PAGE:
ABCs of KMPersonality types and acceptance of technical knowledge management systems (TKMS)

Personality & technical knowledge management systems research: Research design [Personality & TKMS series]

This is part 16 of a series of articles featuring edited portions of Dr. Maureen Sullivan’s PhD dissertation.

The personality and technical knowledge management systems study is based on quantitative research methods. Researchers use quantitative research design to determine what relationship exists, if any, between measured variables. Quantitative research methods are effective at studying large groups of people and making generalizations from a sample1. The quantitative research process involves five main steps2:

  1. Determining basic questions to be answered by study.
  2. Determining participants in the study (population and sample).
  3. Selecting the methods needed to answer questions:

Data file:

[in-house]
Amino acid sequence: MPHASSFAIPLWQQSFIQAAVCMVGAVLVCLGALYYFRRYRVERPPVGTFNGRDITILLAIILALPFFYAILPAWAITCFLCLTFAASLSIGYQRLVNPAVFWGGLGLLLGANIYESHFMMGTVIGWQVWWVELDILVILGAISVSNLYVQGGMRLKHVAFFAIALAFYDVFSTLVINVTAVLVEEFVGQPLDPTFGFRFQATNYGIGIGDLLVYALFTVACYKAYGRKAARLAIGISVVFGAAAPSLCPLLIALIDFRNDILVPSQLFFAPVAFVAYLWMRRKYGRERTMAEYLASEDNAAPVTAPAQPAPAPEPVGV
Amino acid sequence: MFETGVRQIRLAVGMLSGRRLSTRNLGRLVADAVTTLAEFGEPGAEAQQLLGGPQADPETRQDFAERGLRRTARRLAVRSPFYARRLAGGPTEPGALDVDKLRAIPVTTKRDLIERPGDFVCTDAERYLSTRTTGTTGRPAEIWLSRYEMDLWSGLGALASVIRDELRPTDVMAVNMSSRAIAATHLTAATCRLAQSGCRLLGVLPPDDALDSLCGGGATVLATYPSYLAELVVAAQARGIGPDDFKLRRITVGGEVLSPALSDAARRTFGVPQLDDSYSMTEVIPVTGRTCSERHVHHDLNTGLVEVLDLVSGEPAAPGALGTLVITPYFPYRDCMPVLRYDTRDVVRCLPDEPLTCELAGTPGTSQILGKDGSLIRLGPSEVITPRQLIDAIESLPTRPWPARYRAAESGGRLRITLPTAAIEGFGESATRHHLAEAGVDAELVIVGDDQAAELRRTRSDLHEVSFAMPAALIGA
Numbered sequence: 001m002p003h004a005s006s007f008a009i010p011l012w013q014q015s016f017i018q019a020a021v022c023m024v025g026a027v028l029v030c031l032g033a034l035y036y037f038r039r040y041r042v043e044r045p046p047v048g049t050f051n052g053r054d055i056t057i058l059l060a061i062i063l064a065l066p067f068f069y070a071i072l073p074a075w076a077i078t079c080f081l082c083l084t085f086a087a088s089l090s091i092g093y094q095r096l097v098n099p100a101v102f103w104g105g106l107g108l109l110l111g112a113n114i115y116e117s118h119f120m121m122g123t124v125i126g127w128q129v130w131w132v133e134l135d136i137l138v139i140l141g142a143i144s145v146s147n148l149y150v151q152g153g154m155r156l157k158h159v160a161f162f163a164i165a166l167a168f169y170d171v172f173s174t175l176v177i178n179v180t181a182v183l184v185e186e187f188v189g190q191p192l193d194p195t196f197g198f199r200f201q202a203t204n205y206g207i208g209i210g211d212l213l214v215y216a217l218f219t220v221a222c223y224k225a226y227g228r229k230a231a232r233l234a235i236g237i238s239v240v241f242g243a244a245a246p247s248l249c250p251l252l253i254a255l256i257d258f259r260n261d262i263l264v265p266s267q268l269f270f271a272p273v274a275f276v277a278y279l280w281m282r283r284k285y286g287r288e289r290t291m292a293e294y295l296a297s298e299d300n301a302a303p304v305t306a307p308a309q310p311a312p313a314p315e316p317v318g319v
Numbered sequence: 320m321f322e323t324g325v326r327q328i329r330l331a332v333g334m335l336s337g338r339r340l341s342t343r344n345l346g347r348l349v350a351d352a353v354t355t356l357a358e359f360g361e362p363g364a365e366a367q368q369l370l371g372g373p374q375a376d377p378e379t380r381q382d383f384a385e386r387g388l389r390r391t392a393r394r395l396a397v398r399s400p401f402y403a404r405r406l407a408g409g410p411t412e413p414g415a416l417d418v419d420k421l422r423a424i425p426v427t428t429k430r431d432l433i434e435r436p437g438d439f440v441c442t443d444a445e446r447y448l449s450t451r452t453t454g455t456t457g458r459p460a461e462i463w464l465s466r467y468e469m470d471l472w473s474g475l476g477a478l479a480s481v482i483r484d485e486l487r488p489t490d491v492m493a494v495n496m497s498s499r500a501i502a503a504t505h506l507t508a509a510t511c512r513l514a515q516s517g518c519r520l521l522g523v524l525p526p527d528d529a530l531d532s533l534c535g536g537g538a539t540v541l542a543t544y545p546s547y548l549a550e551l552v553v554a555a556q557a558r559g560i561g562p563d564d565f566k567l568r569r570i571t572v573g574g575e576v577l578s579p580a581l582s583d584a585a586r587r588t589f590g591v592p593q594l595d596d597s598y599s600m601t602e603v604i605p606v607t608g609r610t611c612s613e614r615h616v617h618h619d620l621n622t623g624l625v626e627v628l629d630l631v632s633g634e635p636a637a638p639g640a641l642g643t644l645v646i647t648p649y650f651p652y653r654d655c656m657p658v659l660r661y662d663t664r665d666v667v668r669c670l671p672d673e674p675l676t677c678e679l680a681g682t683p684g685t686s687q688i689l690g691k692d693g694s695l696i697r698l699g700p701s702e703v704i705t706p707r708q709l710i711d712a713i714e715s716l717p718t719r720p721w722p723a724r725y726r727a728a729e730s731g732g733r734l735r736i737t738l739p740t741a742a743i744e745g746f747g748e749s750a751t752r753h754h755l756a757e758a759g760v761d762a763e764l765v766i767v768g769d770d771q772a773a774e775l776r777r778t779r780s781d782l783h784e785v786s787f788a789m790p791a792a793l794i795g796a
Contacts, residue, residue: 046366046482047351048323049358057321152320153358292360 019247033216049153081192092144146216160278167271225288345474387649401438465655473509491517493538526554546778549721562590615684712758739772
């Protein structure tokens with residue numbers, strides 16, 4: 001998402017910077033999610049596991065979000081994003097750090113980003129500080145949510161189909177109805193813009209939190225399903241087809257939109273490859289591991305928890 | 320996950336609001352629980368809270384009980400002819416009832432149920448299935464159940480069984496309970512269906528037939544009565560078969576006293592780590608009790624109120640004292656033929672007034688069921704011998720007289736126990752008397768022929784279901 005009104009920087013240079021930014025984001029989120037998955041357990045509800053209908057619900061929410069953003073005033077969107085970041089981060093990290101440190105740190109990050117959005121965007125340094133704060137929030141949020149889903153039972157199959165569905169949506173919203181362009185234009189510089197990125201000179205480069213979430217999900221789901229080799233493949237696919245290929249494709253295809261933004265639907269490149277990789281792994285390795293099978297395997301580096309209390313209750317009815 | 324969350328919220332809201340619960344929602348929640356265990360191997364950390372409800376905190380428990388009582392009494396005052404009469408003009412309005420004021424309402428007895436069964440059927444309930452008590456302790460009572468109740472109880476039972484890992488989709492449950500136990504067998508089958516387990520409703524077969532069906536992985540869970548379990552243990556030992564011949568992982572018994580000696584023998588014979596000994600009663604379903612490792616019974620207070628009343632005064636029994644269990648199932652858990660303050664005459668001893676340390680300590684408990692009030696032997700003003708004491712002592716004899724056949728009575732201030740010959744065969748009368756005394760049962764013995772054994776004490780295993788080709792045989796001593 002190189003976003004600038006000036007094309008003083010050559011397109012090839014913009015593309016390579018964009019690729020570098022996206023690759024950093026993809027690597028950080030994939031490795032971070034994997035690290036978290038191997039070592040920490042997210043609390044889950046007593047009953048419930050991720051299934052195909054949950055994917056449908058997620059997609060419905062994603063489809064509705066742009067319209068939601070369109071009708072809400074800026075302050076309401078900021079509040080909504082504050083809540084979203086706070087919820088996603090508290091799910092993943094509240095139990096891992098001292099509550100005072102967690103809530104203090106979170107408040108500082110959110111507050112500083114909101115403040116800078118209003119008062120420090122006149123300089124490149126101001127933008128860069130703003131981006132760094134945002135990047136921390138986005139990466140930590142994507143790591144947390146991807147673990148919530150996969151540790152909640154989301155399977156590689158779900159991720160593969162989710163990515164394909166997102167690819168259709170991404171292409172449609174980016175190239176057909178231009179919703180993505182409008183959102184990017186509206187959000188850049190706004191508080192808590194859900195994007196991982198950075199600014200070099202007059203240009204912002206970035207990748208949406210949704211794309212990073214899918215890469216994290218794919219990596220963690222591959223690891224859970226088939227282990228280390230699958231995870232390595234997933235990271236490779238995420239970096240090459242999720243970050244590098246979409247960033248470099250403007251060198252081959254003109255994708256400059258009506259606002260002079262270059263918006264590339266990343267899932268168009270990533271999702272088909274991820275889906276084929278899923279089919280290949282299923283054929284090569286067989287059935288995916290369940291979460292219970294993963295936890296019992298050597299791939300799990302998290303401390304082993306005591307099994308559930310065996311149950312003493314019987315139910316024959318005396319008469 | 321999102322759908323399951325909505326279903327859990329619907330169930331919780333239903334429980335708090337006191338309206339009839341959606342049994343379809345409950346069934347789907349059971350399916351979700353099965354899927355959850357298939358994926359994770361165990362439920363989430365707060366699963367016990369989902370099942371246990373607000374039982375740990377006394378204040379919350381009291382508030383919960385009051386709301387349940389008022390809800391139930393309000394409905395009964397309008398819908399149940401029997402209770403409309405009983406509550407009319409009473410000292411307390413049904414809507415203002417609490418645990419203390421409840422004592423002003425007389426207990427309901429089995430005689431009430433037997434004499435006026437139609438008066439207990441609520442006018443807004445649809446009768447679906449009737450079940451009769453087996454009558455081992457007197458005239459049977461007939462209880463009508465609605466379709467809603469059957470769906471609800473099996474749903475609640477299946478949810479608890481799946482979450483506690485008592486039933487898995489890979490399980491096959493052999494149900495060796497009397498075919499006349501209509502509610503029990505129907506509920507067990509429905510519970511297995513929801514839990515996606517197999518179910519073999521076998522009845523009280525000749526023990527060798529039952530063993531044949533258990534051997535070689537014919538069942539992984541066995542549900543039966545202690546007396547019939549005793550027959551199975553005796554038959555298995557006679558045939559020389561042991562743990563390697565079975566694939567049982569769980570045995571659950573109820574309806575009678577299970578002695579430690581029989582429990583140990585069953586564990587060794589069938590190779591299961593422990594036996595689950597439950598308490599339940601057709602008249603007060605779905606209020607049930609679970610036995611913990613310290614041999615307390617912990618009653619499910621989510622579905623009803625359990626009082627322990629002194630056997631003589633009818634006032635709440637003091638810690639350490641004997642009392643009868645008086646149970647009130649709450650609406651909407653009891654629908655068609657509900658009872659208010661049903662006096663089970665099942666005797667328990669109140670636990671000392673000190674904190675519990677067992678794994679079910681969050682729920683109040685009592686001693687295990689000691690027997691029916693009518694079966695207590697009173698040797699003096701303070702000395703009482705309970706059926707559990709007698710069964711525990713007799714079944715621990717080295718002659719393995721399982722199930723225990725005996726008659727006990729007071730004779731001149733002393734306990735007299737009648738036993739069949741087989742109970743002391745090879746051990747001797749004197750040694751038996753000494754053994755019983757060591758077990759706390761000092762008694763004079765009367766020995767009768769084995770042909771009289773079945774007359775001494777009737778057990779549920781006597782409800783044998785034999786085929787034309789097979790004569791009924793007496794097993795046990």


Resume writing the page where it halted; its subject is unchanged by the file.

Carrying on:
• variables
    • measures of the variables
    • overall design.
  4. Selecting analysis tools.
  5. Understanding and interpreting the results.

One advantage of quantitative methods is their “ability to use smaller groups of people (samples) to make inferences about larger groups (populations) that would be too expensive to study” 3. Consequently, the quantitative research design is suitable for the personality and technical knowledge management systems study because it allows for the collection of data generalization of data to large groups with a smaller sample size. A correlational research design allowed the researcher to determine if there was a relationship between groups and to evaluate that relationship.

Research questions

The research problem was addressed with the following research questions:

Research Question 1: Among users of technical knowledge management systems (TKMS), does neuroticism (personality type) as measured by the five-factor model (FFM), correlate to the acceptance of TKMSs as measured by the technology acceptance model (TAM)?

Research Question 2: Is there a relationship between the extraversion personality type and the acceptance of TKMSs?

Research Question 3: Is there a relationship between the openness personality type and the acceptance of TKMSs?

Research Question 4: Is there a relationship between the conscientiousness personality type and the acceptance of TKMSs?